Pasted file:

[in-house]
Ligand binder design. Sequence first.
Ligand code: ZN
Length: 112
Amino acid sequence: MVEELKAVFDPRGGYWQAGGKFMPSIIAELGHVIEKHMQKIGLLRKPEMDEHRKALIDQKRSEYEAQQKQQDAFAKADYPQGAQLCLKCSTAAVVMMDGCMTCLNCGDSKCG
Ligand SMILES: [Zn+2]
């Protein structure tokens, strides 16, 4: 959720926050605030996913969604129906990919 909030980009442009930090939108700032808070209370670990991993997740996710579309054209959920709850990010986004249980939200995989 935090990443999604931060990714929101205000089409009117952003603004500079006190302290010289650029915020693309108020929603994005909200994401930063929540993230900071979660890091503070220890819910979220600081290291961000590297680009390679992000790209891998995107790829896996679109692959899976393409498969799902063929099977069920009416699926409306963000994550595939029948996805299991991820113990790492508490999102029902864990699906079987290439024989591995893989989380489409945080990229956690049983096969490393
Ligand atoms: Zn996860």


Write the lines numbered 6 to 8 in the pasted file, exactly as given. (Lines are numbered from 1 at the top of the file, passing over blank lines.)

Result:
Ligand SMILES: [Zn+2]
């Protein structure tokens, strides 16, 4: 959720926050605030996913969604129906990919 909030980009442009930090939108700032808070209370670990991993997740996710579309054209959920709850990010986004249980939200995989 935090990443999604931060990714929101205000089409009117952003603004500079006190302290010289650029915020693309108020929603994005909200994401930063929540993230900071979660890091503070220890819910979220600081290291961000590297680009390679992000790209891998995107790829896996679109692959899976393409498969799902063929099977069920009416699926409306963000994550595939029948996805299991991820113990790492508490999102029902864990699906079987290439024989591995893989989380489409945080990229956690049983096969490393
Ligand atoms: Zn996860």